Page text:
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Investigation begins in NY commuter train crash that killed 6


VALHALLA, N.Y. — Federal investigators arrived at the site of a deadly commuter train crash Wednesday, looking for clues to how the train was functioning and why the SUV that triggered the fiery wreck was stopped on the tracks.

Six people were killed in the rush-hour collision Tuesday evening.

National Transportation Safety Board officials planned to examine the train’s black-box-style recorders, looking for answers to how fast the train was going, whether its brakes were applied and whether its horn was sounded as it approached the crossing where it slammed into the SUV, NTSB vice chairman Robert Sumwalt said.

Investigators also planned to look at the track signals’ recording devices, interview the Metro-North train’s operators, peer into the charred wreckage with laser-scanning devices and seek aerial footage, he said.

“We intend to find out not only what happened, but we want to find out why it happened,” he said at the crash site in Valhalla, about 20 miles north of New York City.

Meanwhile, officials worked to identify those killed in the deadliest accident on one of the nation’s busiest commuter rail lines – one that has come under harsh scrutiny over a series of accidents in recent years.

Fifteen people remained hospitalized, seven with very serious injuries, as officials said they were, for now, mystified by the ghastly crash.

“It’s really inexplicable, based on the facts we have now,” Gov. Andrew Cuomo said on WCBS-AM radio. “Everybody wants to know exactly what happened, so that if something can be corrected, we correct it.”

Five train passengers – authorities initially said six – and the SUV’s driver were killed. The wreck happened in an area where the tracks are straight and car traffic can be tricky, as drivers exiting or entering a parkway turn and cross the tracks near a wooded area and a cemetery.

The driver had gotten out of her Mercedes SUV momentarily after the crossing’s safety gates came down around her and hit her car, according to the driver behind her, Rick Hope.

“I said to myself, ‘The clock is ticking here, the gate is down, the bells are ringing – what are you going to do here?’ ” he told WNYW-TV. “She looked a little confused, gets back in the car and pulls forward” on the tracks.

Westchester County Executive Rob Astorino said it appeared that the woman got out to lift the crossing gate off her vehicle.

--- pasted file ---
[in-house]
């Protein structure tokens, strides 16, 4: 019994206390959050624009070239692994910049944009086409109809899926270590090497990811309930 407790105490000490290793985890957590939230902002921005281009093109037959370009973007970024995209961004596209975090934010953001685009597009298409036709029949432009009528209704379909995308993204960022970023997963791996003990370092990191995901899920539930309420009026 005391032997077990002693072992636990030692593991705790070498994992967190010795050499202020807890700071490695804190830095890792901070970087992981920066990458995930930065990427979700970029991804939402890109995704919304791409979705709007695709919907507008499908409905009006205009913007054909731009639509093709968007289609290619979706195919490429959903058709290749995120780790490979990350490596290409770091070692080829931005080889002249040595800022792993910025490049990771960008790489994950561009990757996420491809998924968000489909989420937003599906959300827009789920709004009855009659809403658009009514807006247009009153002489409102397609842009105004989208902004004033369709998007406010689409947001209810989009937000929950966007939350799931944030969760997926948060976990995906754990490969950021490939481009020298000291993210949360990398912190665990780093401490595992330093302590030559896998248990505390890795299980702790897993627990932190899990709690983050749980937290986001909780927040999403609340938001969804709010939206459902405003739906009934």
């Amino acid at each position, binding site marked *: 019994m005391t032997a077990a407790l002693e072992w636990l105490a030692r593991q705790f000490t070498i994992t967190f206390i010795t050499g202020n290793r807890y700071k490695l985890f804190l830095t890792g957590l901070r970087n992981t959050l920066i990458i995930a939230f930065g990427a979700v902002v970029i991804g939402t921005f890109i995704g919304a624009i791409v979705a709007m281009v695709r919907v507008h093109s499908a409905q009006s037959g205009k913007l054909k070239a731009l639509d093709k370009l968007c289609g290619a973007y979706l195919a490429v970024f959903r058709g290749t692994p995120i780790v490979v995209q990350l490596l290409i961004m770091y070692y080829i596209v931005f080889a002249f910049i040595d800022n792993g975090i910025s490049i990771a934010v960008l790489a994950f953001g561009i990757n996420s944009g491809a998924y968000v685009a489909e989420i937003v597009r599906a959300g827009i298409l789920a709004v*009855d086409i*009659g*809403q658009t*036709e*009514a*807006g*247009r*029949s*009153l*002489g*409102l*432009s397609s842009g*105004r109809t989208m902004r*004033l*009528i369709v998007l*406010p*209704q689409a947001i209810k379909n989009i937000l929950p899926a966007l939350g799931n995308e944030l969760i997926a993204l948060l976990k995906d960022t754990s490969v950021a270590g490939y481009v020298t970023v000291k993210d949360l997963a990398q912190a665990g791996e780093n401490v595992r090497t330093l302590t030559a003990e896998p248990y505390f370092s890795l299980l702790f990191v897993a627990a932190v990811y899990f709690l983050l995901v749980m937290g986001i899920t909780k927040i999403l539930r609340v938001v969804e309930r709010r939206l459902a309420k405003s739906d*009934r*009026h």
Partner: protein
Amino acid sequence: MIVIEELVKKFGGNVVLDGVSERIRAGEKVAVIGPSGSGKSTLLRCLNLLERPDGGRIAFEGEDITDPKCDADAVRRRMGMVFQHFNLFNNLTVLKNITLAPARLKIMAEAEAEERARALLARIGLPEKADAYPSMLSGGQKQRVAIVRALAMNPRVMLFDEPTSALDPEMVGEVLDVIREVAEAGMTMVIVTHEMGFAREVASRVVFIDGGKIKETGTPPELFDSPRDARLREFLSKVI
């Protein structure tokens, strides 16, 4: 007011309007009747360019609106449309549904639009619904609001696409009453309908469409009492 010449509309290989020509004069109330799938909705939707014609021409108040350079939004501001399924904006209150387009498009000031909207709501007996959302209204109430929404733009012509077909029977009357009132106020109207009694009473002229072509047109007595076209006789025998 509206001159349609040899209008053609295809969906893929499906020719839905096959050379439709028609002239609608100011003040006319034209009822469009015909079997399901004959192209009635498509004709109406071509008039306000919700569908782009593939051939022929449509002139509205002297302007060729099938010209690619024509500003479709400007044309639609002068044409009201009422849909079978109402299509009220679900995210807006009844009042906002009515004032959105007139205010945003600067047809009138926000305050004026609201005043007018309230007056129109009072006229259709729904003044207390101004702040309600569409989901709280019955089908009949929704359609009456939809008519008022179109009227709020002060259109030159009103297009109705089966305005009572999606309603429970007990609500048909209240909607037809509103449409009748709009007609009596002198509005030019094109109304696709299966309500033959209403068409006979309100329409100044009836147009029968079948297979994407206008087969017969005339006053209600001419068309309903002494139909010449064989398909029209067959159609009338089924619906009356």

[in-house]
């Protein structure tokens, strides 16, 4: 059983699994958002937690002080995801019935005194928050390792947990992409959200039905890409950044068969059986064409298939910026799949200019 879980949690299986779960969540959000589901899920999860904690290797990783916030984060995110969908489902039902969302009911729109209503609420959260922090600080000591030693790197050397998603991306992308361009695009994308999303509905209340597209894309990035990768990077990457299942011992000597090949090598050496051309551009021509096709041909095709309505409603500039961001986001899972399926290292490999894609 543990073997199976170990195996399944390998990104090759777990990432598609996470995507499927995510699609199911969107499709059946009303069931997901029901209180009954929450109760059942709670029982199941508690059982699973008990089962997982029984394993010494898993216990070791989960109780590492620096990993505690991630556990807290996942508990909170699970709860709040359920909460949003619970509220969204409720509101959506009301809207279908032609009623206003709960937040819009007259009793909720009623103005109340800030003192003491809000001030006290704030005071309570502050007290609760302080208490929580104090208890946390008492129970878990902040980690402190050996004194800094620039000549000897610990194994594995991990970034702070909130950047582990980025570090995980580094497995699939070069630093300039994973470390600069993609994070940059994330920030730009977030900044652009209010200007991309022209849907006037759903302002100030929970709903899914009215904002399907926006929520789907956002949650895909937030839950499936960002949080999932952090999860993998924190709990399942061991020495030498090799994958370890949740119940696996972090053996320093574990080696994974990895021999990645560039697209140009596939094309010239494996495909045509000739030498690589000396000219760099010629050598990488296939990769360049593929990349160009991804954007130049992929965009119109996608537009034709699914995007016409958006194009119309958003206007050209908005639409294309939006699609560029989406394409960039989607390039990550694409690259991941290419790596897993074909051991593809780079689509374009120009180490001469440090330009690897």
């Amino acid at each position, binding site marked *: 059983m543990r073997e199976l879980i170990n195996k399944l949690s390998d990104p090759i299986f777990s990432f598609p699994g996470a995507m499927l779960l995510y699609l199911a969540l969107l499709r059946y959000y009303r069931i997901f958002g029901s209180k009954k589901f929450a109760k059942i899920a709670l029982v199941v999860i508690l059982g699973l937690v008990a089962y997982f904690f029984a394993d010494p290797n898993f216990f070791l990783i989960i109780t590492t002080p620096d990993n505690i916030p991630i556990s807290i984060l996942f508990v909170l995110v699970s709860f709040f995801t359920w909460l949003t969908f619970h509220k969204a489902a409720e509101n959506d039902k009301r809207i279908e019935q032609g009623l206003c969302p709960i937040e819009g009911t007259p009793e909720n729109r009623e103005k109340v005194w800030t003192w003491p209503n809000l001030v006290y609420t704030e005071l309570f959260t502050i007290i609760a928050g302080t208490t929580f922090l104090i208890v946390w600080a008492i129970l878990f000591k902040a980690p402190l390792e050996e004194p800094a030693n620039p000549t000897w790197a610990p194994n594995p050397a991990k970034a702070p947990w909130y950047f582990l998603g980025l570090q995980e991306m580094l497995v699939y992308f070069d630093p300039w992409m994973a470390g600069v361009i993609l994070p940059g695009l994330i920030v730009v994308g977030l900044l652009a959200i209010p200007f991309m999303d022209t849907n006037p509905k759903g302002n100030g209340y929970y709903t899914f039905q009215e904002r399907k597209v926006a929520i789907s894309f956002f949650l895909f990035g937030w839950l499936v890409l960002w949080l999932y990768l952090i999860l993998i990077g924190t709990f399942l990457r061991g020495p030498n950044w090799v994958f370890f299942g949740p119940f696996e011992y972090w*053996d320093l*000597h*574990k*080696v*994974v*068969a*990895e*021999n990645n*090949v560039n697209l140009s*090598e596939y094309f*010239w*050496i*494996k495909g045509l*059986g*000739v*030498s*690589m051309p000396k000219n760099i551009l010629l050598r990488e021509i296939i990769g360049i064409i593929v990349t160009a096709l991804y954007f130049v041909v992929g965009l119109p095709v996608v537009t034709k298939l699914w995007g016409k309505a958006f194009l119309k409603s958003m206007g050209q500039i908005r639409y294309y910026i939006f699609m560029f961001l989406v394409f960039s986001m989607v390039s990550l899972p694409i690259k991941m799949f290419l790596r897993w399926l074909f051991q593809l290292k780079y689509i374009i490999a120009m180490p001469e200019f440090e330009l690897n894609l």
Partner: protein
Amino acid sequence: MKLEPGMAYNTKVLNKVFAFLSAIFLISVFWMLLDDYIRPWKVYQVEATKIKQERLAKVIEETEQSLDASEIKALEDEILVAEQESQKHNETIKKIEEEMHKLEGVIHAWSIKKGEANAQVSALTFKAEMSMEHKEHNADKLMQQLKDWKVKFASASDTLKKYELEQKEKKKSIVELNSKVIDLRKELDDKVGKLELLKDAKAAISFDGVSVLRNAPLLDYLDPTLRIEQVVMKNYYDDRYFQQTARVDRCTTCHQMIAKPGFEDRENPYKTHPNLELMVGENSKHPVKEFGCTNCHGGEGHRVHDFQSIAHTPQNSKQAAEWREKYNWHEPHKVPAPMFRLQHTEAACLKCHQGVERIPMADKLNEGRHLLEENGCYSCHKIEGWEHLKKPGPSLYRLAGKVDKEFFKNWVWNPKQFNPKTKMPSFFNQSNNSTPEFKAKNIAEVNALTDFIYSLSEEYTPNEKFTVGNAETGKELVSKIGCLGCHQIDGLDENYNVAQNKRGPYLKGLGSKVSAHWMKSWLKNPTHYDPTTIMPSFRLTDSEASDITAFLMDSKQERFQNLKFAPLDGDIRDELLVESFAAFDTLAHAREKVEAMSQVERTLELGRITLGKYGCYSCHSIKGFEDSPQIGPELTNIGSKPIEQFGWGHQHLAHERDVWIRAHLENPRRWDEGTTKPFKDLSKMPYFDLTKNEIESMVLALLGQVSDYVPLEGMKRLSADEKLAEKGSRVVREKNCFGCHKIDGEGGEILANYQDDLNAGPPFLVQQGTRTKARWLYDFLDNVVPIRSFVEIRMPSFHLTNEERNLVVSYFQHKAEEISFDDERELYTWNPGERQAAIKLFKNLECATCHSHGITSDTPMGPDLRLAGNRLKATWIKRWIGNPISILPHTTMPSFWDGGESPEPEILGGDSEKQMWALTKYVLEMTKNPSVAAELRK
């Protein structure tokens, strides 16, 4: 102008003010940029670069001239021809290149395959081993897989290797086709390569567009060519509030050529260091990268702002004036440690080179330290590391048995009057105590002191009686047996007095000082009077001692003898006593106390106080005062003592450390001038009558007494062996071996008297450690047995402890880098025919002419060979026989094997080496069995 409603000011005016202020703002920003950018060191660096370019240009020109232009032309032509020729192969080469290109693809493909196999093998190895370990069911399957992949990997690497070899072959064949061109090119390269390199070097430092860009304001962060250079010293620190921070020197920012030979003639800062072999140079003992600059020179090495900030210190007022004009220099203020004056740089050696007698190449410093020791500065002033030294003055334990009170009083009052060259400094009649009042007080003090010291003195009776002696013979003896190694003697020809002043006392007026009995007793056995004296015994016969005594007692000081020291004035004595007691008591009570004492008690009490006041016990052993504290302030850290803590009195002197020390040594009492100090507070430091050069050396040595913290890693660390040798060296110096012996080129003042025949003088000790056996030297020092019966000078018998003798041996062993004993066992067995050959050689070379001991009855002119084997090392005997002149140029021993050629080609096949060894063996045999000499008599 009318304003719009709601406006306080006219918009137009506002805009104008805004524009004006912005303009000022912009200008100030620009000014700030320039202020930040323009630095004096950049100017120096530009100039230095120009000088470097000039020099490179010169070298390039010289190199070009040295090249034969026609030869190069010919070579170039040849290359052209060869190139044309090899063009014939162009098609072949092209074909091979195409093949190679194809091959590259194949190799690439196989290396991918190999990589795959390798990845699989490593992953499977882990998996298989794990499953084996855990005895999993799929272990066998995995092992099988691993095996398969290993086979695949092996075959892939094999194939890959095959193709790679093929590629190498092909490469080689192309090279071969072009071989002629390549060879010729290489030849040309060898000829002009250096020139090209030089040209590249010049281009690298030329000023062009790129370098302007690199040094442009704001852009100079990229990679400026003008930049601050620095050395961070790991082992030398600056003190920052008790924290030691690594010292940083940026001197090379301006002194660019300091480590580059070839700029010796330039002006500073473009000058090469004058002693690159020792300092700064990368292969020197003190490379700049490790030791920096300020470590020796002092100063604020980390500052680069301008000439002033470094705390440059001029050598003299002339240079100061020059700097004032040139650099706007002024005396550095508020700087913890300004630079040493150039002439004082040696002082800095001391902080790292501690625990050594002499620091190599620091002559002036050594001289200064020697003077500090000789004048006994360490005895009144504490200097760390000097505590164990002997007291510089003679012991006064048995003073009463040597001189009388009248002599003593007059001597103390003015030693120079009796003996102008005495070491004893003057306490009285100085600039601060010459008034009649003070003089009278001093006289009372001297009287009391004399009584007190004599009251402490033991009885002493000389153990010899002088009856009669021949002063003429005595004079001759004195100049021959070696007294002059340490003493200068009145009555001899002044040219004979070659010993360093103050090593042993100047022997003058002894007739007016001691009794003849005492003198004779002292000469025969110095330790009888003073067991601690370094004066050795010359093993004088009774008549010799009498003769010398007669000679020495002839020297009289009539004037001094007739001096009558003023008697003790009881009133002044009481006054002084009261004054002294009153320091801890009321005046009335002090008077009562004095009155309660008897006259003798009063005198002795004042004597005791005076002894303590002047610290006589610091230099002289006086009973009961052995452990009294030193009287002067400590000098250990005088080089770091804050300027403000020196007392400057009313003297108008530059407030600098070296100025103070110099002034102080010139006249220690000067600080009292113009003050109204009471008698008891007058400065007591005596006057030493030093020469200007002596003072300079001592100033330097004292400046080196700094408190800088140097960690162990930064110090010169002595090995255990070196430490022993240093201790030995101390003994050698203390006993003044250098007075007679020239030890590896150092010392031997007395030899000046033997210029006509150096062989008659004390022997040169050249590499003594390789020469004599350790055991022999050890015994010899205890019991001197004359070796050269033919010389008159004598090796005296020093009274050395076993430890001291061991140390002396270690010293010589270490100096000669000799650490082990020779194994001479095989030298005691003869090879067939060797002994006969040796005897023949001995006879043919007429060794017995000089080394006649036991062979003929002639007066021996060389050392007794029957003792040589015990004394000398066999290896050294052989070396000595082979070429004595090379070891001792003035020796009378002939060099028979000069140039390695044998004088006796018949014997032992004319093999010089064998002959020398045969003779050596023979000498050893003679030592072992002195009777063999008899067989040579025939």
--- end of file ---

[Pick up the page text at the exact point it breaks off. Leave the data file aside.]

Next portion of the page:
All railroad grade crossings have gate arms that are designed to lift automatically if they strike something like a car on the way down, railroad safety consultant Grady Cothen said. The arms are made of wood and are designed to be easily broken if a car trapped between them moves forward or backward, he said.

As of Wednesday morning, transit officials hadn’t found any problems with the tracks or signal, Astorino said.

Authorities said the impact was so powerful the electrified third rail came up and pierced the train, and Cuomo said the SUV’s gas tank apparently exploded, starting a fire that consumed the SUV and the train’s first car, which was left blackened and mangled, its roof twisted sideways. The SUV, pushed about 400 feet, looked as though it was stuck on the front of the train.

Sitting in the train’s first car, Christopher Gross was watching a movie on his laptop “and all of a sudden, impact,” he told ABC’s “Good Morning America.” He was hurled onto the floor, hearing screams and seeing flames about a foot from his head and a fellow passenger whose leg had been amputated below the knee.

“It’s life or death at this point,” he recalled. And then, he said, a man whose hands were burned elbowed open the emergency exit latch, allowing some of the train’s roughly 700 passengers to escape.

Elsewhere, passengers found themselves trapped for a time in stifling cars as news of the fire spread, or climbed out via ladders. The train’s engineer tried to rescue people until the smoke and flames got so severe that he had to escape, Astorino said.

“I am amazed anyone got off that train alive,” said Astorino, who used to commute on the same line. “It must have been pure panic.”

Metro-North is the nation’s second-busiest commuter railroad, after the Long Island Rail Road. It was formed in 1983 and serves about 280,000 riders a day in New York and Connecticut.

Metro-North has been criticized severely for accidents over the last couple of years. Late last year, the NTSB issued rulings on five accidents that occurred in New York and Connecticut in 2013 and 2014, repeatedly finding fault with the railroad while also noting that conditions have improved.

Among the accidents was a 2013 derailment that killed four people, the railroad’s first passenger fatalities, in the Bronx. The NTSB said the engineer had fallen asleep at the controls because he had a severe, undiagnosed case of sleep apnea.

Last March, the Federal Railroad Administration issued a stinging report on Metro-North, saying it let safety concerns slip while pushing to keep trains on time. Railroad executives pledged to make safety their top priority.

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